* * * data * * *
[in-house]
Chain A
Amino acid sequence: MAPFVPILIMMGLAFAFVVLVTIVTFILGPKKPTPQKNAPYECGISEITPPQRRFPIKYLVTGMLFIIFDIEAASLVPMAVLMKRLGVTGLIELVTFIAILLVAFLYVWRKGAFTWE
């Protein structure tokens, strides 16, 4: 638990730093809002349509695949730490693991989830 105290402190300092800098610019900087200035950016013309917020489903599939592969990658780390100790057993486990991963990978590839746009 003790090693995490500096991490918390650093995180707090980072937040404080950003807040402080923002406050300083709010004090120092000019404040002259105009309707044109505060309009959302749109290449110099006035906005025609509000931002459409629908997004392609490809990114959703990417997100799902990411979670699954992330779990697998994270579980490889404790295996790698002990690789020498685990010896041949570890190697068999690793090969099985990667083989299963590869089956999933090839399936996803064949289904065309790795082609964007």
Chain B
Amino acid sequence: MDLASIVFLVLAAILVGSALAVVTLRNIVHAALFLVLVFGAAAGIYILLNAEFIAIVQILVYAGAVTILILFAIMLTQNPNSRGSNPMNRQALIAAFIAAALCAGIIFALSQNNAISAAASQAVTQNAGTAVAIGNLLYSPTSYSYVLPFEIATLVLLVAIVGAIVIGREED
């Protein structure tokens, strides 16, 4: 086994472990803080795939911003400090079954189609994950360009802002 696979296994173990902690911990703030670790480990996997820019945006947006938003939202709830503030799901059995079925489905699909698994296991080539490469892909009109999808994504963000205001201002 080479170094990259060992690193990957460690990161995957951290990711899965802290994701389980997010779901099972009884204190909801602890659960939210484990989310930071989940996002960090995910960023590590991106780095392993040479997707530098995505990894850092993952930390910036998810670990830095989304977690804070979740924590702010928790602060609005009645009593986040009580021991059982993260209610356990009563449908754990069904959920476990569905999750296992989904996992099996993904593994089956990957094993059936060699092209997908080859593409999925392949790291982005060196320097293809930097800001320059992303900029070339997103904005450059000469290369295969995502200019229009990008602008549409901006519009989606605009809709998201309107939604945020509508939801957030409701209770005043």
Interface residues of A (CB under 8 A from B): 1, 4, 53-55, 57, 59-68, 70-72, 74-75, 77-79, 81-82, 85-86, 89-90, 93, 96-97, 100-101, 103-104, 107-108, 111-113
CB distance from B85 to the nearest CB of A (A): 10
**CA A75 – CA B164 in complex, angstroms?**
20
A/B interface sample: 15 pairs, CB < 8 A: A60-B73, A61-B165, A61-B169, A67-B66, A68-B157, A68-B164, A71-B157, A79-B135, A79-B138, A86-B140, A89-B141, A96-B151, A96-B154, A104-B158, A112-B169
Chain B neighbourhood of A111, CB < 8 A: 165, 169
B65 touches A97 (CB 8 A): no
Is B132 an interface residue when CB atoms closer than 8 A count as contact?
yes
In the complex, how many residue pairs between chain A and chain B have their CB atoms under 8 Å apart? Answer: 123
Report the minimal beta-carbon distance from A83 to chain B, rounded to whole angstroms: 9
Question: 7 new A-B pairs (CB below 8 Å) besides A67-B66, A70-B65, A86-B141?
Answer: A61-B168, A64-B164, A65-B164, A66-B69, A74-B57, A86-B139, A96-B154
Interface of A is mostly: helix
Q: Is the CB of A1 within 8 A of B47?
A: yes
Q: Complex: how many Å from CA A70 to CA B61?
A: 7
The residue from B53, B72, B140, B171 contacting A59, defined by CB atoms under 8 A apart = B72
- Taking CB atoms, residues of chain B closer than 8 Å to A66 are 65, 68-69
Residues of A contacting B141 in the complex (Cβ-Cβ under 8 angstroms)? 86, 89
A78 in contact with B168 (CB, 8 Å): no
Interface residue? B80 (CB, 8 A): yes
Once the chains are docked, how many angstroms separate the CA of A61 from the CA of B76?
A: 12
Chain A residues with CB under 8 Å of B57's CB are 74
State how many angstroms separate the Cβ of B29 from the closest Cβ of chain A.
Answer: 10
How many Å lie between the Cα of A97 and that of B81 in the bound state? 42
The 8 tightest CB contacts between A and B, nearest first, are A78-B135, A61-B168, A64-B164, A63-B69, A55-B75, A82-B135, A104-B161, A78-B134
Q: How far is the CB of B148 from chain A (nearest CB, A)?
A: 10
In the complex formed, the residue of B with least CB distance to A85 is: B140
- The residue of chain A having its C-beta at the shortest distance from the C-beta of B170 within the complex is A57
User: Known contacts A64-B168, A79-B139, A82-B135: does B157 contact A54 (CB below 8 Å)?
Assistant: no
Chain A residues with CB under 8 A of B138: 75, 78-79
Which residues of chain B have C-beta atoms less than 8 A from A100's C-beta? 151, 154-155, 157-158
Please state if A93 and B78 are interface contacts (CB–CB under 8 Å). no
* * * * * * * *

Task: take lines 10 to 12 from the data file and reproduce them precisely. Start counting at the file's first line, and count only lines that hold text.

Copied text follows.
**CA A75 – CA B164 in complex, angstroms?**
20
A/B interface sample: 15 pairs, CB < 8 A: A60-B73, A61-B165, A61-B169, A67-B66, A68-B157, A68-B164, A71-B157, A79-B135, A79-B138, A86-B140, A89-B141, A96-B151, A96-B154, A104-B158, A112-B169